RELATED: CAPS VS. ISLANDERS NOT ONLY 'TROTZ VS. REIRDEN'

"Put a lot of work in the last couple months and had to fix a few things and work on a few things over the break to strengthen up," Holtby said, "And every game we played here you get a little more stamina and more and more comfortable."

It is pretty remarkable that Holtby was able to improve his game as much as he seems to have done considering that for much of that time, he could not even get on the ice. Yet, as the team prepares for the playoffs, goaltending no longer seems to be an issue. The loss of Samsonov means that the team is in trouble should Holtby struggle or get injured, but in terms of the starting netminder, Holtby is once again the guy. While that may have made fans nervous in January, fans can now be comfortable with that considering Holtby is playing his best hockey of the season.

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Caps and Islanders coaches downplay the personal matchup in Stanley Cup playoff series: 'It's not Barry Trotz vs. Todd Reirden'

Caps and Islanders coaches downplay the personal matchup in Stanley Cup playoff series: 'It's not Barry Trotz vs. Todd Reirden'

As the Capitals and New York Islanders prepare to square off in the first round of the Stanley Cup Playoffs, all eyes will be on one matchup. It's not about the two goalies or how one defensive pairing matchups up against an offensive line, this matchup is off the ice. The storyline of this series is the men behind the bench, Todd Reirden and his predecessor, Barry Trotz.

Trotz was the head coach in Washington from 2014 to 2018 and led the Caps to the Stanley Cup in 2018. Reirden was on Trotz's staff as an associate coach in charge of the defense. Following the 2018 season, Trotz resigned and was hired as the head coach in New York, taking with him assistant coach Lane Lambert and goalie coach Mitch Korn. Reirden was hired as head coach of the Caps in the wake of Trotz's departure.

"It'll be a great challenge because I know the people over there," Trotz said of the series.

"Obviously we were able to accomplish something amazing together and that's something that you'll never forget as a staff," Reirden said. "That's never going to go away. It's unique now being on opposite benches and it has been."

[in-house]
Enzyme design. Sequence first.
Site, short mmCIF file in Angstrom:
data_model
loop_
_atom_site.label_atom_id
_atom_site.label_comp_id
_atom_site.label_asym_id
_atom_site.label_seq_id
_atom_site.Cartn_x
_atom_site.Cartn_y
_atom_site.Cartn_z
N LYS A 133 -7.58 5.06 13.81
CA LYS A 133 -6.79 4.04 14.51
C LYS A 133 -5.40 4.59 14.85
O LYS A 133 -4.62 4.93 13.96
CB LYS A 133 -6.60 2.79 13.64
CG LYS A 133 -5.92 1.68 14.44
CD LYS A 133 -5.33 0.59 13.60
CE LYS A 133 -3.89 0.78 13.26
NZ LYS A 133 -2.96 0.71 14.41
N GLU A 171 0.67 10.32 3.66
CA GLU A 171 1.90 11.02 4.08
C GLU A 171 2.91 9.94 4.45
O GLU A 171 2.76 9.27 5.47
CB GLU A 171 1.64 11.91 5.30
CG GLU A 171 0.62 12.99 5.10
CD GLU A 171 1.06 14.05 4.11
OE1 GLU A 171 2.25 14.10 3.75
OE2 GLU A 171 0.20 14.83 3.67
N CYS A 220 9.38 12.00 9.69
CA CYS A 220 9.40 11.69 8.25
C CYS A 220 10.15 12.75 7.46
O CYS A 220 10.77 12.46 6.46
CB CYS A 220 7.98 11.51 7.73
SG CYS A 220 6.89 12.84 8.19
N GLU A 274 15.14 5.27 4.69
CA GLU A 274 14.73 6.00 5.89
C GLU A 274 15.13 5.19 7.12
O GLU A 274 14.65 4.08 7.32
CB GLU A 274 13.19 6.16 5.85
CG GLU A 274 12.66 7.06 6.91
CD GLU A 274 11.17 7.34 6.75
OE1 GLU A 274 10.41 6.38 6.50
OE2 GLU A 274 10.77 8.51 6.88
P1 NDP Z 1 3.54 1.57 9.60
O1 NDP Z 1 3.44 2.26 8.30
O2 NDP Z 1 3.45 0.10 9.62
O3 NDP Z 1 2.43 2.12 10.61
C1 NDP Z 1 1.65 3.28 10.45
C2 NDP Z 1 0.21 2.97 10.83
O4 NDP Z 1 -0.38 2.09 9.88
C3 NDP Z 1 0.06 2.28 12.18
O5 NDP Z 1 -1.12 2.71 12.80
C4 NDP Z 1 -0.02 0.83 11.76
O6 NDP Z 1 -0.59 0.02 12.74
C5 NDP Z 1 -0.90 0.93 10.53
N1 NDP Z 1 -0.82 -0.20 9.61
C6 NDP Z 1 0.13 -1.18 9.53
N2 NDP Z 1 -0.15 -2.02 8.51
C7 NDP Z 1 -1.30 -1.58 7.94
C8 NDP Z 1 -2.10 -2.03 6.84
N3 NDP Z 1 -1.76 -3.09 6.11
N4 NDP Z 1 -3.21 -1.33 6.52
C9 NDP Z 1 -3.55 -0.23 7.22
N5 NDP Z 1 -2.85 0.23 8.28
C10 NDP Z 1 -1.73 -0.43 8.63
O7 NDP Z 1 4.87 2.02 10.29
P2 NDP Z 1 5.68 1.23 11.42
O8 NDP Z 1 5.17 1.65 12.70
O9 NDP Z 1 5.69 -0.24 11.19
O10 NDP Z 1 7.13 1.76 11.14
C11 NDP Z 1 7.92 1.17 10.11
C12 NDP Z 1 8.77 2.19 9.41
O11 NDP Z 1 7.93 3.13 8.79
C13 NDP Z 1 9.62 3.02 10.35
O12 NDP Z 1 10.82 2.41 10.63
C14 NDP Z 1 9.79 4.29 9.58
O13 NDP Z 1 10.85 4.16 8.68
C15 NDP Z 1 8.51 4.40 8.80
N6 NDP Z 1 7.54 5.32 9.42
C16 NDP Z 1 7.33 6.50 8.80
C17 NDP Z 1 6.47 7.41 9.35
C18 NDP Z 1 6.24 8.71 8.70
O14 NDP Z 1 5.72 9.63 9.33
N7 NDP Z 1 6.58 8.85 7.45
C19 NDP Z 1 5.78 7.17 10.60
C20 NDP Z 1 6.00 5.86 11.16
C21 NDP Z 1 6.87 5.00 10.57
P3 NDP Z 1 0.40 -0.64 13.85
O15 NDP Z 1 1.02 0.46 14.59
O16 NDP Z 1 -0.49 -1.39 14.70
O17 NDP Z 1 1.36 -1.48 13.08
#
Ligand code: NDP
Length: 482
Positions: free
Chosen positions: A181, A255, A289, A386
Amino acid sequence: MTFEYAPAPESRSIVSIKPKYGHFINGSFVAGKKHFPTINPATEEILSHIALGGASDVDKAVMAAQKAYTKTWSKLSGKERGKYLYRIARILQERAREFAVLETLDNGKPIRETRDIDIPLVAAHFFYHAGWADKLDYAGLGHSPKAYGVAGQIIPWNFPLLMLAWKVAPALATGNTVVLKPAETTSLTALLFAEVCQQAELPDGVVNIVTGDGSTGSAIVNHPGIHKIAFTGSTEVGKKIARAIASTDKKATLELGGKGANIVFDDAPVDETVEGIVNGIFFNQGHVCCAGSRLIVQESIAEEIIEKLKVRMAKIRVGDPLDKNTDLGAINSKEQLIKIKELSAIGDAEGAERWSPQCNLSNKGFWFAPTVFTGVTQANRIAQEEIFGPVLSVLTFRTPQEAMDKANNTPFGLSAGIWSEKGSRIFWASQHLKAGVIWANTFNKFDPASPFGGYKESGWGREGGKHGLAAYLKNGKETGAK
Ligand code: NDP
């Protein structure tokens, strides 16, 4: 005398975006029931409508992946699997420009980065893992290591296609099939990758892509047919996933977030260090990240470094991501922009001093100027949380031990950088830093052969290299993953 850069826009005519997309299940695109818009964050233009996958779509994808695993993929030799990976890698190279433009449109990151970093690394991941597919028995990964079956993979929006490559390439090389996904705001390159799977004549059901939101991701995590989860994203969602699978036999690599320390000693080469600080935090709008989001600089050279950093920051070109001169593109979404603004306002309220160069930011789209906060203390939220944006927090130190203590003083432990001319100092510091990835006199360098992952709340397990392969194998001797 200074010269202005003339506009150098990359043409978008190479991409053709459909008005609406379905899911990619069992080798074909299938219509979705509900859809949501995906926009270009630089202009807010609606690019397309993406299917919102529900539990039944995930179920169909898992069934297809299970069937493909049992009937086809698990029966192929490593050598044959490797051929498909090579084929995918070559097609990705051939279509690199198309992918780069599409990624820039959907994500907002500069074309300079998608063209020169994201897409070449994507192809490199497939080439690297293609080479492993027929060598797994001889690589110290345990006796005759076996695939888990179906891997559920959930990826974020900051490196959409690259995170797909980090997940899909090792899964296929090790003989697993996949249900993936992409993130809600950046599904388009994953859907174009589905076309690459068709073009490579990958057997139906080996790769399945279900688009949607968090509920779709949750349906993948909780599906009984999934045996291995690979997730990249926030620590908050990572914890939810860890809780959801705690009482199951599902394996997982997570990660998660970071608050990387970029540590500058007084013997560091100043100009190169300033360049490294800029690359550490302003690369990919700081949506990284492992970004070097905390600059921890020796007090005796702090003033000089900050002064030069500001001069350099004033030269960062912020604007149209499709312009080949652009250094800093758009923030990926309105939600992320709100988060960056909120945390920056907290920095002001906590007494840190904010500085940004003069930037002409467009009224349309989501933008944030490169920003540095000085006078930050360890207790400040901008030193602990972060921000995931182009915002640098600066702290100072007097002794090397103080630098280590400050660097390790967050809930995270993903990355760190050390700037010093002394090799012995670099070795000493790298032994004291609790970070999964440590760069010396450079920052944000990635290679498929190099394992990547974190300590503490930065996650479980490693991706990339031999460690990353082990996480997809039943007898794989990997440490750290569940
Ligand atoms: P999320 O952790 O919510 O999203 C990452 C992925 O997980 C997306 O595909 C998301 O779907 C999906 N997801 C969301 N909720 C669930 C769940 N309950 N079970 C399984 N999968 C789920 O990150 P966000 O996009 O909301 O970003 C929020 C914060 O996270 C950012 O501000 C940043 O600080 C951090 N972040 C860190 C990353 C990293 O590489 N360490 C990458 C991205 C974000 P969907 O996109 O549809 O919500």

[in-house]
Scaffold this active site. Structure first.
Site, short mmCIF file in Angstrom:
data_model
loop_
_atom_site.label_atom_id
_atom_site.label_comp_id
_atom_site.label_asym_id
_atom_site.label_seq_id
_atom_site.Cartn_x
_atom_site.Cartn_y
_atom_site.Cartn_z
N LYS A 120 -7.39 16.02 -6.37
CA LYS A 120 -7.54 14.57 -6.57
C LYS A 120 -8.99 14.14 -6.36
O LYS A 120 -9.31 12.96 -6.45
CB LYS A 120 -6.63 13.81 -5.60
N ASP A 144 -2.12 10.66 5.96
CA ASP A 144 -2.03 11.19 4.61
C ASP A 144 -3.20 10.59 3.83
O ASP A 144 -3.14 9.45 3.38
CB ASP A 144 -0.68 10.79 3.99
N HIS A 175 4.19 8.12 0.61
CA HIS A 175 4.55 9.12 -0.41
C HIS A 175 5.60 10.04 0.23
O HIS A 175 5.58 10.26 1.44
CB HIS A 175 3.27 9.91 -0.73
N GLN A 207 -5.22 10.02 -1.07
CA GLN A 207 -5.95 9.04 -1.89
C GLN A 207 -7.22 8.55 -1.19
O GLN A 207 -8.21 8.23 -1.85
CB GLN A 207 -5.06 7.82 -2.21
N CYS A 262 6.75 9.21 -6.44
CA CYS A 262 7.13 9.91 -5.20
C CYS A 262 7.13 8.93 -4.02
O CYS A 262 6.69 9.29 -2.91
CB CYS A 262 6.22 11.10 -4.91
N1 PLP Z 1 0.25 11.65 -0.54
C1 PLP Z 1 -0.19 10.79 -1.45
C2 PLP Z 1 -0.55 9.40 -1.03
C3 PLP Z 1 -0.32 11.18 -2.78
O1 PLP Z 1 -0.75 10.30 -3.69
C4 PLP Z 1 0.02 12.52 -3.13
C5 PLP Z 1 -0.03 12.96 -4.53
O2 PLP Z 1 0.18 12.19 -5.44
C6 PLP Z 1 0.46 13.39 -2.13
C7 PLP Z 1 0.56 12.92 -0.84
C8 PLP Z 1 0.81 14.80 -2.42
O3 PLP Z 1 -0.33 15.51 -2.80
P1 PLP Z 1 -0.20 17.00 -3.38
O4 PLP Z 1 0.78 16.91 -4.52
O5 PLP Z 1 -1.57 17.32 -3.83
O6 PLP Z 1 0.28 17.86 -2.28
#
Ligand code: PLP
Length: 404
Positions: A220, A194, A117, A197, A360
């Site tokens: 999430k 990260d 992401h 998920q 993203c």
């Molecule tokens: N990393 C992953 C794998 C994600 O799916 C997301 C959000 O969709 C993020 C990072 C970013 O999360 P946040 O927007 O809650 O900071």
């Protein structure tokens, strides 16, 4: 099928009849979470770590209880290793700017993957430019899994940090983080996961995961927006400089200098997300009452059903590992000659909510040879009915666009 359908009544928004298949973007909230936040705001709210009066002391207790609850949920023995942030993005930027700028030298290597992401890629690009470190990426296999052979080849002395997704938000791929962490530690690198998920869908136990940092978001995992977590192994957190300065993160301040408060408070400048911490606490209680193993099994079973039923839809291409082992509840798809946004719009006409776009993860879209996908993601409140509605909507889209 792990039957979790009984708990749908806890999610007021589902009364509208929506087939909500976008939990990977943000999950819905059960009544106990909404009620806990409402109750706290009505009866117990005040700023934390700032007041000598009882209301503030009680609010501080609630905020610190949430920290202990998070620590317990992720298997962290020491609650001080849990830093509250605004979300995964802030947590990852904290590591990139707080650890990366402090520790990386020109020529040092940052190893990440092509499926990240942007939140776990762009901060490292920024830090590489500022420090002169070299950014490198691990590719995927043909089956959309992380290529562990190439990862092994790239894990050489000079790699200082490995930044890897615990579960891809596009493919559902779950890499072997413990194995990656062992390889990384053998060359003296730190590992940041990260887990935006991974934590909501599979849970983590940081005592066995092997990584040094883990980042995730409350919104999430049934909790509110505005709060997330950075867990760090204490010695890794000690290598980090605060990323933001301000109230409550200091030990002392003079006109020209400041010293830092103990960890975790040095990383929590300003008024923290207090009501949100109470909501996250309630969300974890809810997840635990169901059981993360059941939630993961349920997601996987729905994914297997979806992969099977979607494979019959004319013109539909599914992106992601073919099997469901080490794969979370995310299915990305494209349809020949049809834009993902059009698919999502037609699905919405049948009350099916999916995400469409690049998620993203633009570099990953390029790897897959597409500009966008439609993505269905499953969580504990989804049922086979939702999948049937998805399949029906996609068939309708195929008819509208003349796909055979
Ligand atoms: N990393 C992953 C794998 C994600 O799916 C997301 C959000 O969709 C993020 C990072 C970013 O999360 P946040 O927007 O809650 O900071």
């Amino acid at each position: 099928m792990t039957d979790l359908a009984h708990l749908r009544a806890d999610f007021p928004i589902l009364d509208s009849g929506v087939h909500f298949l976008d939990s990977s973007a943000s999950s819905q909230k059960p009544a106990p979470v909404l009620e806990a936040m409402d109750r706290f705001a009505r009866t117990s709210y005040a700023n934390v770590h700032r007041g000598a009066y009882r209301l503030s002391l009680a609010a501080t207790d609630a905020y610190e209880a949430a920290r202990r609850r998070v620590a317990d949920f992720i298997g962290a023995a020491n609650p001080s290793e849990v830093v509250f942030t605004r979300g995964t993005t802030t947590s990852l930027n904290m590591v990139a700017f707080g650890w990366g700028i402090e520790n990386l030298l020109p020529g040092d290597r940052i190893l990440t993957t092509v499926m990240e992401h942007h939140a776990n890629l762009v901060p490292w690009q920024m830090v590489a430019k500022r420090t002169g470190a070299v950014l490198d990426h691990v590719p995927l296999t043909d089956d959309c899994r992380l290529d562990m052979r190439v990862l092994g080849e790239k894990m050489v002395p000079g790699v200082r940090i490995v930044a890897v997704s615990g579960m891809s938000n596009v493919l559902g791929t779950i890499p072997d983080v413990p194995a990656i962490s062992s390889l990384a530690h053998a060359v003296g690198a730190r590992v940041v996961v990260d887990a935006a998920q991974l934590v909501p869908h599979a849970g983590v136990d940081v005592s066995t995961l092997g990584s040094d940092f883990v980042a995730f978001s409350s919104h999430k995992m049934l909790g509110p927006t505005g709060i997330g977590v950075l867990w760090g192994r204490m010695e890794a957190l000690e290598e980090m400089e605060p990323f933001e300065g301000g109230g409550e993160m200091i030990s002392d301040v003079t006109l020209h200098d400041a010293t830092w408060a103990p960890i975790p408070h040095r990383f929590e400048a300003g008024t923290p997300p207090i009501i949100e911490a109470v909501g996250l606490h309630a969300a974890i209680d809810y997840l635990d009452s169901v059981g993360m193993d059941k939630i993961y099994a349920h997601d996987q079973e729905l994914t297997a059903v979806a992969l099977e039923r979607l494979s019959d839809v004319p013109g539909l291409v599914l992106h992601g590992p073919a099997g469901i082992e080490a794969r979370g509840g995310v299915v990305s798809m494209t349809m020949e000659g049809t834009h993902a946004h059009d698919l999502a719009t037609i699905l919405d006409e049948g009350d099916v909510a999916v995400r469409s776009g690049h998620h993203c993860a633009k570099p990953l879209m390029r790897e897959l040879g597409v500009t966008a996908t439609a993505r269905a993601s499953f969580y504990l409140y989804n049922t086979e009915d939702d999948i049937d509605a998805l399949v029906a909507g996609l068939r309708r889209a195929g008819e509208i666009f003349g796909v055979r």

When a team plays against its former head coach, comparisons between the two coaches are unavoidable. But even if the fans and the media look at this series as a commentary on the two coaches, the two men in question certainly do not.

"It's not Barry Trotz vs. Todd Reirden or any of those type of things," Reirden said. "It's going to be a team effort."

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They also downplayed any sort of advantage knowing each other may give them in the series.

"You've spent some time with a lot of their players, there's a lot of new players," Trotz said. "It just gives me a little insight on some of their tendencies, that's all."

The core in Washington may be the same, but there are a number of new faces on the roster who came after Trotz. The top-six on offense is the same, but players like Carl Hagelin, Ilya Kovalchuk, Richard Panik, Garnet Hathaway and Nic Dowd all came after Trotz. Defensively, the team added Nick Jensen, Radko Gudas and Brenden Dillon.  Jonas Siegenthaler was in the organization, but did not make his NHL debut until the 2018-19 season.

RELATED: CAPS SECURE FIRST ROUND SERIES VS. ISLANDERS AFTER WIN OVER BRUINS

But even if they do not want to admit it, the familiarity between the coaches and players undeniably adds a different dynamic to the series.

The Caps know what kind of a coach Trotz is and how his teams like to play. Likewise, Trotz knows the level of talent on the roster in Washington so he knows the challenge that awaits the Islanders in the first round.

"They've got a lot of star power and they've won a championship," Trotz said. "They're well-equipped in a lot of areas, so the biggest challenge is to play them even and play them hard and they'll do the same because I know a lot about that group."

Trotz also added, "I think it will be a hell of a series."